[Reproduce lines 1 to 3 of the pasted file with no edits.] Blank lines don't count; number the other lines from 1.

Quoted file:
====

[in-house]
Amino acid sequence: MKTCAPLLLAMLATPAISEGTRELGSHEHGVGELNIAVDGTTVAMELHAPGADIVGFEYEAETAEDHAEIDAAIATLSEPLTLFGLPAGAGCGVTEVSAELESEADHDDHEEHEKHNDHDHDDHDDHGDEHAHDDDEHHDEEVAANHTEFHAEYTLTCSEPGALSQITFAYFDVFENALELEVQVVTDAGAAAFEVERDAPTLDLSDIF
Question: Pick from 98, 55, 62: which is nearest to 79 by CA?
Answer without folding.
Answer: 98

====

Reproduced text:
[in-house]
Amino acid sequence: MKTCAPLLLAMLATPAISEGTRELGSHEHGVGELNIAVDGTTVAMELHAPGADIVGFEYEAETAEDHAEIDAAIATLSEPLTLFGLPAGAGCGVTEVSAELESEADHDDHEEHEKHNDHDHDDHDDHGDEHAHDDDEHHDEEVAANHTEFHAEYTLTCSEPGALSQITFAYFDVFENALELEVQVVTDAGAAAFEVERDAPTLDLSDIF
Question: Pick from 98, 55, 62: which is nearest to 79 by CA?